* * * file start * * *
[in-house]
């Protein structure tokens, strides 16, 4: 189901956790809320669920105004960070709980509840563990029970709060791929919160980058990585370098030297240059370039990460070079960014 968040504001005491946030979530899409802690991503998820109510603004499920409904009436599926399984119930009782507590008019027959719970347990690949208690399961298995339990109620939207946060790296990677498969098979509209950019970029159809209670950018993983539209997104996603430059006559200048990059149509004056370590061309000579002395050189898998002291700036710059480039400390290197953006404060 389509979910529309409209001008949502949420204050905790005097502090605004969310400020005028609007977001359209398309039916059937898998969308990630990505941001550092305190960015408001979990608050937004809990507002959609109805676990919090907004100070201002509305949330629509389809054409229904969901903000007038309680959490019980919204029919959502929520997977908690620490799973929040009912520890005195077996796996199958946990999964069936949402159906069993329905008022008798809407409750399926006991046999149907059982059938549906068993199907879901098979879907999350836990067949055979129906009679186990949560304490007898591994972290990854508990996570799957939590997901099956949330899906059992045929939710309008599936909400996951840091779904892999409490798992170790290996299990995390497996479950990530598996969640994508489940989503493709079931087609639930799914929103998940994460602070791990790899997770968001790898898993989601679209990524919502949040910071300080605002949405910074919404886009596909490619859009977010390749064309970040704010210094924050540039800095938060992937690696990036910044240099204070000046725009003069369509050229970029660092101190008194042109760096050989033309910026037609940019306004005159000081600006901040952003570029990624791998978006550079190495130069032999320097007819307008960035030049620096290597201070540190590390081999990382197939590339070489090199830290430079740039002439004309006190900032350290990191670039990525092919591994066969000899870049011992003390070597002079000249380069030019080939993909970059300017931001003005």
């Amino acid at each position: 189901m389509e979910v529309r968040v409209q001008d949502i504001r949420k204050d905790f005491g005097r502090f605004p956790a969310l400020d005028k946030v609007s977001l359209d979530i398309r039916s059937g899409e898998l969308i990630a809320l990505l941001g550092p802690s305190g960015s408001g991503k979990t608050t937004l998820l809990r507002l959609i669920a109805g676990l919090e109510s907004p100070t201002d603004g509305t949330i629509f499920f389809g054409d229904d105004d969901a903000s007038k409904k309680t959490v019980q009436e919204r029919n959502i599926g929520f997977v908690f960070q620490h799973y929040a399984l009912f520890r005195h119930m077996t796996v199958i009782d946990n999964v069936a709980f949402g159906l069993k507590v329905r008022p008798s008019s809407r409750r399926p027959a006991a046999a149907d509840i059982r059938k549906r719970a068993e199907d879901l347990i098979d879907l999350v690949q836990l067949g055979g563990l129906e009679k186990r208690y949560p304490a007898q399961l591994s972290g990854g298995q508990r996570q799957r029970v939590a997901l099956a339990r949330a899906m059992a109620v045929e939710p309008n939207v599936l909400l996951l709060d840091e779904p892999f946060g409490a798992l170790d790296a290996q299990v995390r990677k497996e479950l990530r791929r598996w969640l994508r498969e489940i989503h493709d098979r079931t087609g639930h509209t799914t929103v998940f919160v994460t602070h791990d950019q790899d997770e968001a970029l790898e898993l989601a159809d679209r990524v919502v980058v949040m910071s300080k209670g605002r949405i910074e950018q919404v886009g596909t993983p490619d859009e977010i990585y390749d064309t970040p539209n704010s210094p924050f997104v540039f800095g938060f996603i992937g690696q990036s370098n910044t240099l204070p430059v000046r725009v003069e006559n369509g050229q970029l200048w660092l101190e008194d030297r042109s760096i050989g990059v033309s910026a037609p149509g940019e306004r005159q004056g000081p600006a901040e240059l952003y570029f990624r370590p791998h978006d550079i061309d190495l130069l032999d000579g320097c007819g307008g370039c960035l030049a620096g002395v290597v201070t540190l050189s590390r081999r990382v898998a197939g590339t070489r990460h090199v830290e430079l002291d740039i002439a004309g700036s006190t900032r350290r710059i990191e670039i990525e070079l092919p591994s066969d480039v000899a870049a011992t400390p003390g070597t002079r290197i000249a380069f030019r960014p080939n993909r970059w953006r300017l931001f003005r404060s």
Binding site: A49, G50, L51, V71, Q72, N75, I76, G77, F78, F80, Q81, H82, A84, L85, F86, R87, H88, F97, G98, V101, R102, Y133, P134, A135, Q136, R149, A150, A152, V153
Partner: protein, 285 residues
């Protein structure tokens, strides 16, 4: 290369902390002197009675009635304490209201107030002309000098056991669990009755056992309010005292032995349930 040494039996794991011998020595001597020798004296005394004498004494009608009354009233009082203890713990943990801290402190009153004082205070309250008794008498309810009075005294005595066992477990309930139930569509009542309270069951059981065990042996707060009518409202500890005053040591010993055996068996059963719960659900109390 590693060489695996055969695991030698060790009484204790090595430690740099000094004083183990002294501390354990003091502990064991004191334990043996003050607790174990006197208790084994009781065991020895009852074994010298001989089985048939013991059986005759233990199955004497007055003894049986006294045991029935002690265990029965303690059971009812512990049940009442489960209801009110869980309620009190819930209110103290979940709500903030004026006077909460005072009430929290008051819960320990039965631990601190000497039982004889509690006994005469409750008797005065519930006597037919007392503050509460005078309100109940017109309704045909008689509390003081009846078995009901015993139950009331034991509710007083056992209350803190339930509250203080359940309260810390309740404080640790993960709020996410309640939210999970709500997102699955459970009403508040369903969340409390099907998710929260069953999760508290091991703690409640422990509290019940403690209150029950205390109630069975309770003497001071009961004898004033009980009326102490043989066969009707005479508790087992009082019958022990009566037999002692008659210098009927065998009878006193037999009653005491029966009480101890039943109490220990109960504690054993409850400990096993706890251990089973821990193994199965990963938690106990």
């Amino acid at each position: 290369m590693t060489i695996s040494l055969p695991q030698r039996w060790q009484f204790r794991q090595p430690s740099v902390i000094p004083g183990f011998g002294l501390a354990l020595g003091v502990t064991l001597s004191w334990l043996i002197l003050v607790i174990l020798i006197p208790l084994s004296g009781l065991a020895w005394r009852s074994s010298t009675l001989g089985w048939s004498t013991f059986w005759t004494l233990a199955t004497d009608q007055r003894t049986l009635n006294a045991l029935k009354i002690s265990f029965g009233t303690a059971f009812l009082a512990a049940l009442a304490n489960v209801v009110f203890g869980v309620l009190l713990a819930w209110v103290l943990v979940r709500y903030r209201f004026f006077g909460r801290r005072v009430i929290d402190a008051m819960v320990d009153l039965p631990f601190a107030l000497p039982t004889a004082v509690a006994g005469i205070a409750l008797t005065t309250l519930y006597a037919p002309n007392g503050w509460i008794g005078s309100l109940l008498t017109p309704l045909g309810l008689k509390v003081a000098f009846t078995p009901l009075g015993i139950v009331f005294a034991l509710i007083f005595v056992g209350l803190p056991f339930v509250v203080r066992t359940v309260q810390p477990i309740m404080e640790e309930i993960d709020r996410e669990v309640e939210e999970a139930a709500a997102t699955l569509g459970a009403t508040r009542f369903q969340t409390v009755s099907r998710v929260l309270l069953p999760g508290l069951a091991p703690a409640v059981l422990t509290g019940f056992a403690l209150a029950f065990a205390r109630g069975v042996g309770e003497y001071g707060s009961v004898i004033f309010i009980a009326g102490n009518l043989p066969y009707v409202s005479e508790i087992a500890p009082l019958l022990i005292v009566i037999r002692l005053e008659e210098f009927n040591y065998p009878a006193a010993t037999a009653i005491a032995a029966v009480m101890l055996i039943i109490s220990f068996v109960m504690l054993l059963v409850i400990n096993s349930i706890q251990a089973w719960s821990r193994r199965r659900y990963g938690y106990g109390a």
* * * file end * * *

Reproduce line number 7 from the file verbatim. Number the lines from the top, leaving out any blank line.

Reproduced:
């Amino acid at each position: 290369m590693t060489i695996s040494l055969p695991q030698r039996w060790q009484f204790r794991q090595p430690s740099v902390i000094p004083g183990f011998g002294l501390a354990l020595g003091v502990t064991l001597s004191w334990l043996i002197l003050v607790i174990l020798i006197p208790l084994s004296g009781l065991a020895w005394r009852s074994s010298t009675l001989g089985w048939s004498t013991f059986w005759t004494l233990a199955t004497d009608q007055r003894t049986l009635n006294a045991l029935k009354i002690s265990f029965g009233t303690a059971f009812l009082a512990a049940l009442a304490n489960v209801v009110f203890g869980v309620l009190l713990a819930w209110v103290l943990v979940r709500y903030r209201f004026f006077g909460r801290r005072v009430i929290d402190a008051m819960v320990d009153l039965p631990f601190a107030l000497p039982t004889a004082v509690a006994g005469i205070a409750l008797t005065t309250l519930y006597a037919p002309n007392g503050w509460i008794g005078s309100l109940l008498t017109p309704l045909g309810l008689k509390v003081a000098f009846t078995p009901l009075g015993i139950v009331f005294a034991l509710i007083f005595v056992g209350l803190p056991f339930v509250v203080r066992t359940v309260q810390p477990i309740m404080e640790e309930i993960d709020r996410e669990v309640e939210e999970a139930a709500a997102t699955l569509g459970a009403t508040r009542f369903q969340t409390v009755s099907r998710v929260l309270l069953p999760g508290l069951a091991p703690a409640v059981l422990t509290g019940f056992a403690l209150a029950f065990a205390r109630g069975v042996g309770e003497y001071g707060s009961v004898i004033f309010i009980a009326g102490n009518l043989p066969y009707v409202s005479e508790i087992a500890p009082l019958l022990i005292v009566i037999r002692l005053e008659e210098f009927n040591y065998p009878a006193a010993t037999a009653i005491a032995a029966v009480m101890l055996i039943i109490s220990f068996v109960m504690l054993l059963v409850i400990n096993s349930i706890q251990a089973w719960s821990r193994r199965r659900y990963g938690y106990g109390a």